The Making of 'Portraits of Recovery'
IOM's Alan “Blue” Motus volunteered to tell the story of beneficiaries through his photographs on “Portraits of Recovery.” © IOM 2014
In a tent city of evacuees in Tacloban, I met Leonarda, a 62 year old widowed market trader, five months after she had lost her husband to the typhoon. As I started to interview her for the book Portraits of Recovery, she told me in Tagalog “habang may buhay, may pag-asa” – as long as there’s life, there’s hope.
My colleague Alan ‘Blue’ Motus snapped away with his camera as we talked. His photo of Leonarda is on page 7 of the book and shows her embracing her grandchild as if her embrace would protect the child against the struggles of life that have already shattered her family.
In one way or another, everyone we met along the way moved me and deepened my understanding and respect for this wonderful country.
When typhoon Yolanda hit the Philippines, I read the news about it from afar and followed IOM’s relief efforts without really understanding the realities of what was happening on the ground. I was an intern in Bangkok helping IOM’s Communications department where I read and heard the many tales of survival and perseverance.
I didn’t think I’d ever get the opportunity to meet these courageous people and hear their stories firsthand. But that is what the past month has been – a fascinating, humbling experience meeting all kinds of people who still have hope that their lives will begin to move forward again, even if they don’t yet have a home to call their own.
After arriving in Manila six weeks ago, I went on a whistle-stop tour through the Visayas region visiting some of the areas worst hit by the typhoon. I was joined by ‘Blue’ who, besides being a superb photographer, is also an IOM field health coordinator in Roxas, the most westerly area to be hit.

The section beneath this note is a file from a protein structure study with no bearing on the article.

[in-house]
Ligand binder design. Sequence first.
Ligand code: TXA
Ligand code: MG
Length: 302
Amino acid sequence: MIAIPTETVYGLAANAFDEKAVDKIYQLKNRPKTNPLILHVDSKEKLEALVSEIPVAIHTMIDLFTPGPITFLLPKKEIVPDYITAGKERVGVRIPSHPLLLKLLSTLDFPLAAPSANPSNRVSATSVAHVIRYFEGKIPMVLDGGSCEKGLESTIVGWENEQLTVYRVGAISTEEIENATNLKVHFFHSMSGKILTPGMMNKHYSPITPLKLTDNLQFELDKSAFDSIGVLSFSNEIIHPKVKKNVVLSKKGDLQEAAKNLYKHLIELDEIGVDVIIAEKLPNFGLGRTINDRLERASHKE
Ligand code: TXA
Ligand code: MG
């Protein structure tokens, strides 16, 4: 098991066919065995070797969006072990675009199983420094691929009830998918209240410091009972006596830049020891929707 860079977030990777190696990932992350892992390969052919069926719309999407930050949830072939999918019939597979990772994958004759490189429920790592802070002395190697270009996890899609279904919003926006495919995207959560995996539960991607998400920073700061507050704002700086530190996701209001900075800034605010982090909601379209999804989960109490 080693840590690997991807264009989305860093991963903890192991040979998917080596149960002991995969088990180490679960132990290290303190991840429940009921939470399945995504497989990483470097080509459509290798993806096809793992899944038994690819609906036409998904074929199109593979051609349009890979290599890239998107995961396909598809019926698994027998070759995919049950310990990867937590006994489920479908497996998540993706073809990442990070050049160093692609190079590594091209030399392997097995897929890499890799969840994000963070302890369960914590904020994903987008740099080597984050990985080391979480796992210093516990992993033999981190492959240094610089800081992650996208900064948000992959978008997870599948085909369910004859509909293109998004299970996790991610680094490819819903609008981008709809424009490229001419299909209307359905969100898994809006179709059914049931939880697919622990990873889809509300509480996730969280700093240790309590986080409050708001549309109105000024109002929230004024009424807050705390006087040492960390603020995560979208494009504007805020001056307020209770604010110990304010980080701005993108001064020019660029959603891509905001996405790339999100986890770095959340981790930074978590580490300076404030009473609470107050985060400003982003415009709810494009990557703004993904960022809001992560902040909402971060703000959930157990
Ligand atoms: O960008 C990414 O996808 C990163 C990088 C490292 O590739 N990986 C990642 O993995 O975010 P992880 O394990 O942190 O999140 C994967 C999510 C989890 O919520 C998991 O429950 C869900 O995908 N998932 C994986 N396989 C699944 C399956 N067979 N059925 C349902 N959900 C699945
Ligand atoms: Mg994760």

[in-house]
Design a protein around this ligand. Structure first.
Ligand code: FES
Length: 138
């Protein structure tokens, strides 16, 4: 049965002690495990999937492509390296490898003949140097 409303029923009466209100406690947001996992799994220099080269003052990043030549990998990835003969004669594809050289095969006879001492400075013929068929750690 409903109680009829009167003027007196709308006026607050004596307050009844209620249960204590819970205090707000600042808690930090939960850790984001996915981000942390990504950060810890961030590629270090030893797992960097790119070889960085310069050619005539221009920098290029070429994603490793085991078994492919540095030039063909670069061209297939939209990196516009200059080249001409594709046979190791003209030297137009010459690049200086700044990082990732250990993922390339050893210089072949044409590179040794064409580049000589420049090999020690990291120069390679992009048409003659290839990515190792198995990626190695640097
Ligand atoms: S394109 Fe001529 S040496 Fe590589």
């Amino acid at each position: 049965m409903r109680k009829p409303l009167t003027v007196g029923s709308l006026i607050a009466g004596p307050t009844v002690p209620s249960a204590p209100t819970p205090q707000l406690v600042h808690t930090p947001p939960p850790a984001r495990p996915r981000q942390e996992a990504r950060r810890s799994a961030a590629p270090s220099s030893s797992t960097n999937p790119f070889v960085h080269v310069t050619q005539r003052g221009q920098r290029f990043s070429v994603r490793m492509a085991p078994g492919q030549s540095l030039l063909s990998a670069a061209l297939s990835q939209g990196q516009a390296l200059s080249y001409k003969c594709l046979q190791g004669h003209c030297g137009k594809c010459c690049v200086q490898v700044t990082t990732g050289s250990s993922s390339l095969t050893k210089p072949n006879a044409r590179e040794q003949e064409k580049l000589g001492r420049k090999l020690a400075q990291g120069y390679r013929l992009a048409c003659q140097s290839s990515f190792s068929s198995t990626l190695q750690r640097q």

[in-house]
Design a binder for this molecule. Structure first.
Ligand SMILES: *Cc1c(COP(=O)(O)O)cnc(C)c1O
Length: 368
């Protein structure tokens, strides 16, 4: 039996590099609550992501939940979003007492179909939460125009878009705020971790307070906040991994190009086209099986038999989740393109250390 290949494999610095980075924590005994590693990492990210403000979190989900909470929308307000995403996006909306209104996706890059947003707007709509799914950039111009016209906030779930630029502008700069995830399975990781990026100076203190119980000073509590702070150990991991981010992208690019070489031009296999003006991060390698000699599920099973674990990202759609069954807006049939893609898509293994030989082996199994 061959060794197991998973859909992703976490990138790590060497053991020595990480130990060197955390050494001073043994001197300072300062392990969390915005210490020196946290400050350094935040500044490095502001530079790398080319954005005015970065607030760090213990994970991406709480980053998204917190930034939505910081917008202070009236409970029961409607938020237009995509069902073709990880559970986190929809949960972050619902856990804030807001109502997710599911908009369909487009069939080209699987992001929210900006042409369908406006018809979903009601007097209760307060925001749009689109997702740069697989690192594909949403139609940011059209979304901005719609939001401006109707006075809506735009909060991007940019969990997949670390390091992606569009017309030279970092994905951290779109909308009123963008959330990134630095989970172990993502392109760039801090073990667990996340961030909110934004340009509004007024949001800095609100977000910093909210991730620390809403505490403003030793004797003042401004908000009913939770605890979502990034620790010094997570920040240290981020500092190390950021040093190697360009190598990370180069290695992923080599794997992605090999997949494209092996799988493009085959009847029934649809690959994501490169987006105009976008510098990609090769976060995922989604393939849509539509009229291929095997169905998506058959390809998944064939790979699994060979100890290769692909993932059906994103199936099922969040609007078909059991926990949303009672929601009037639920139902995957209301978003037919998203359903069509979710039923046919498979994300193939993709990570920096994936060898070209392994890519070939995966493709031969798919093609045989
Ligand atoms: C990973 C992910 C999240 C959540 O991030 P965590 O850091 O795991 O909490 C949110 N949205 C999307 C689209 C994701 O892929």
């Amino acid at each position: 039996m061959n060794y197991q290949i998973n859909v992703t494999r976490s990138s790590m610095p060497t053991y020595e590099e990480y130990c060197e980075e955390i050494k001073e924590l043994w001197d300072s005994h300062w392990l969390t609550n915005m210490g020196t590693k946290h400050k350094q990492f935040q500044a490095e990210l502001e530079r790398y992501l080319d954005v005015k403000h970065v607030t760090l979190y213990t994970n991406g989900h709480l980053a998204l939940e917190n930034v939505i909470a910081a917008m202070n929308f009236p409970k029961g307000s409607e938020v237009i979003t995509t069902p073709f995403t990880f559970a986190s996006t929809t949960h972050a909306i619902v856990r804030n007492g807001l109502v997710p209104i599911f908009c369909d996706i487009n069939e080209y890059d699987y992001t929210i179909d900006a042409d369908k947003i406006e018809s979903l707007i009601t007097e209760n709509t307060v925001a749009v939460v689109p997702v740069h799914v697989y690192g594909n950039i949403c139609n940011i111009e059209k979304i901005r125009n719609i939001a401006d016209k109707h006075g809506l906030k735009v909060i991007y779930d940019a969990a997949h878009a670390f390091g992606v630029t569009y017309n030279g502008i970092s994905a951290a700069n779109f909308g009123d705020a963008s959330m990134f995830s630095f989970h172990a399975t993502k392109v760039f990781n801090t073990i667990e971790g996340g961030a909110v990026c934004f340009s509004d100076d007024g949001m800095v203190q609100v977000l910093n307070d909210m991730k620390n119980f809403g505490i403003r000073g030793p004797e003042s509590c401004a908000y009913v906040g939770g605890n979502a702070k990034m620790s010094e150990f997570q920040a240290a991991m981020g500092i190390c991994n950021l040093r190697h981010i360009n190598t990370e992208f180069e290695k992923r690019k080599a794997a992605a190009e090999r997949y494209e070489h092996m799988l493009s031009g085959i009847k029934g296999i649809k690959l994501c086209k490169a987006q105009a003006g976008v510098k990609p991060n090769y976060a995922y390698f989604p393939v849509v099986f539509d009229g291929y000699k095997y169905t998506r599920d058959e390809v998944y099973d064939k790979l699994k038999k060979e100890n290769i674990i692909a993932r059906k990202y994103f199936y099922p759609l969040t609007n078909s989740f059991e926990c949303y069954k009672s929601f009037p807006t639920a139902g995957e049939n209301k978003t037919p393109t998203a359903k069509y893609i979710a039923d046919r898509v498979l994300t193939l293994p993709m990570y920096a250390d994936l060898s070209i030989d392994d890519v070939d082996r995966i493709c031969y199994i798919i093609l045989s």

For one amazing week we were on the road together and I watched in admiration as he used his charm to get people to relax and always photographed them in ways they would be proud to see and be seen.
Even in its devastation, this part of the world is still breathtakingly beautiful and vibrant. But it also screams of vulnerability, and even though people are slowly restoring their former lives, inevitably more disasters will come their way. While there’s hope, there’s also an understanding that this is something that people will have to deal with time and time again, leaving a feeling of uncertainty, especially for those still without a permanent place to live.
We visited all kinds of displacement sites as well as people’s homes and workplaces, assisted by the staff in the IOM sub-offices – many of whom are young, new recruits from the affected areas - who gave up their time to help us. We met people of all ages, personalities and backgrounds, all of whom had experienced different degrees of suffering and loss. We met IOM staff who are also survivors of the typhoon, now living in displacement sites along with the communities they are working to help and proving that ‘aid workers’ and ‘beneficiaries’ are not so different after all.
Hearing the stories, the enormity of what had happened here suddenly came home to me. I realized that so many people didn’t really stand a chance against this great force of nature. But what really struck me was that, for the most part, the feeling of hope remained. There may be massive challenges still to come, yet time and again I was reminded of the Filipino spirit that fails to be beaten. Two of the most inspiring interviews were the youngest and the oldest to feature in the book: Raymundo, who I met along with other members of the youth organization that he is a part of (Eclipse), who passionately spoke of his goal to improve things for young people from poor, rural areas. And Leonarda, who despite everything she has been through could still speak hopefully about the future.